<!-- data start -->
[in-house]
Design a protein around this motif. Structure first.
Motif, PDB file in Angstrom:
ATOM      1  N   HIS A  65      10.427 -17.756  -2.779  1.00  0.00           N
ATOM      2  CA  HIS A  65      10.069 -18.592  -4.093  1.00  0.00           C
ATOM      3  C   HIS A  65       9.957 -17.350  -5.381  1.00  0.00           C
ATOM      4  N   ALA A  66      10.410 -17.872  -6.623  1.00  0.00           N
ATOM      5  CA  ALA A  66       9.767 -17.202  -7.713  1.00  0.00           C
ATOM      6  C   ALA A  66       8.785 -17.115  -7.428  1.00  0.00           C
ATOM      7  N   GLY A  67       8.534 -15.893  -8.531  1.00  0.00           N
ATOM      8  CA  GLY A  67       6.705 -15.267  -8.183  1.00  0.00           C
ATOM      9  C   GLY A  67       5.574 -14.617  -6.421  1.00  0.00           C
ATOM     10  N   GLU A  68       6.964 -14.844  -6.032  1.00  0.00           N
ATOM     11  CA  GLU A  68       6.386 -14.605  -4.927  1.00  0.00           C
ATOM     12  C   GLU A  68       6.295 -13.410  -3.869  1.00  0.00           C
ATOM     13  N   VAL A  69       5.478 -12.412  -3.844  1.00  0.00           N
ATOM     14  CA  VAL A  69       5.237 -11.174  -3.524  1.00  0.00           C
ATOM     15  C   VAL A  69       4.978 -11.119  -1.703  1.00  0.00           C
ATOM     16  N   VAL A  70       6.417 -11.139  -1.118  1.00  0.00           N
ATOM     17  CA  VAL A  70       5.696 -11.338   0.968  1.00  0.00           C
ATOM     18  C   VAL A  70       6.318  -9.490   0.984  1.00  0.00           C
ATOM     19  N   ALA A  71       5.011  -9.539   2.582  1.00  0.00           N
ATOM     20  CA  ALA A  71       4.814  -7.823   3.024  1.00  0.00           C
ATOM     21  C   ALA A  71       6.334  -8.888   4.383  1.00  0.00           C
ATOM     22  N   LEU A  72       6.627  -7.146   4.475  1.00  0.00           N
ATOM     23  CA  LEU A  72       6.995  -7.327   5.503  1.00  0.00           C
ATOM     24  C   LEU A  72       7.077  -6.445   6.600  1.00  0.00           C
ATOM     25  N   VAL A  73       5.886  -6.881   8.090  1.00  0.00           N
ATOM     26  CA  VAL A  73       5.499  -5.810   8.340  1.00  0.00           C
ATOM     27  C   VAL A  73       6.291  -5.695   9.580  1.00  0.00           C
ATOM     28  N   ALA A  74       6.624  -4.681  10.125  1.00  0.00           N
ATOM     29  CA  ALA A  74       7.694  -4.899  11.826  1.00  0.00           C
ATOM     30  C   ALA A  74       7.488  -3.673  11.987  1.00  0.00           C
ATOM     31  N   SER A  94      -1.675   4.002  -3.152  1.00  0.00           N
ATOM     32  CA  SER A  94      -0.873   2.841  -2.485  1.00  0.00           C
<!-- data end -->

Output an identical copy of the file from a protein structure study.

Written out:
[in-house]
Design a protein around this motif. Structure first.
Motif, PDB file in Angstrom:
ATOM      1  N   HIS A  65      10.427 -17.756  -2.779  1.00  0.00           N
ATOM      2  CA  HIS A  65      10.069 -18.592  -4.093  1.00  0.00           C
ATOM      3  C   HIS A  65       9.957 -17.350  -5.381  1.00  0.00           C
ATOM      4  N   ALA A  66      10.410 -17.872  -6.623  1.00  0.00           N
ATOM      5  CA  ALA A  66       9.767 -17.202  -7.713  1.00  0.00           C
ATOM      6  C   ALA A  66       8.785 -17.115  -7.428  1.00  0.00           C
ATOM      7  N   GLY A  67       8.534 -15.893  -8.531  1.00  0.00           N
ATOM      8  CA  GLY A  67       6.705 -15.267  -8.183  1.00  0.00           C
ATOM      9  C   GLY A  67       5.574 -14.617  -6.421  1.00  0.00           C
ATOM     10  N   GLU A  68       6.964 -14.844  -6.032  1.00  0.00           N
ATOM     11  CA  GLU A  68       6.386 -14.605  -4.927  1.00  0.00           C
ATOM     12  C   GLU A  68       6.295 -13.410  -3.869  1.00  0.00           C
ATOM     13  N   VAL A  69       5.478 -12.412  -3.844  1.00  0.00           N
ATOM     14  CA  VAL A  69       5.237 -11.174  -3.524  1.00  0.00           C
ATOM     15  C   VAL A  69       4.978 -11.119  -1.703  1.00  0.00           C
ATOM     16  N   VAL A  70       6.417 -11.139  -1.118  1.00  0.00           N
ATOM     17  CA  VAL A  70       5.696 -11.338   0.968  1.00  0.00           C
ATOM     18  C   VAL A  70       6.318  -9.490   0.984  1.00  0.00           C
ATOM     19  N   ALA A  71       5.011  -9.539   2.582  1.00  0.00           N
ATOM     20  CA  ALA A  71       4.814  -7.823   3.024  1.00  0.00           C
ATOM     21  C   ALA A  71       6.334  -8.888   4.383  1.00  0.00           C
ATOM     22  N   LEU A  72       6.627  -7.146   4.475  1.00  0.00           N
ATOM     23  CA  LEU A  72       6.995  -7.327   5.503  1.00  0.00           C
ATOM     24  C   LEU A  72       7.077  -6.445   6.600  1.00  0.00           C
ATOM     25  N   VAL A  73       5.886  -6.881   8.090  1.00  0.00           N
ATOM     26  CA  VAL A  73       5.499  -5.810   8.340  1.00  0.00           C
ATOM     27  C   VAL A  73       6.291  -5.695   9.580  1.00  0.00           C
ATOM     28  N   ALA A  74       6.624  -4.681  10.125  1.00  0.00           N
ATOM     29  CA  ALA A  74       7.694  -4.899  11.826  1.00  0.00           C
ATOM     30  C   ALA A  74       7.488  -3.673  11.987  1.00  0.00           C
ATOM     31  N   SER A  94      -1.675   4.002  -3.152  1.00  0.00           N
ATOM     32  CA  SER A  94      -0.873   2.841  -2.485  1.00  0.00           C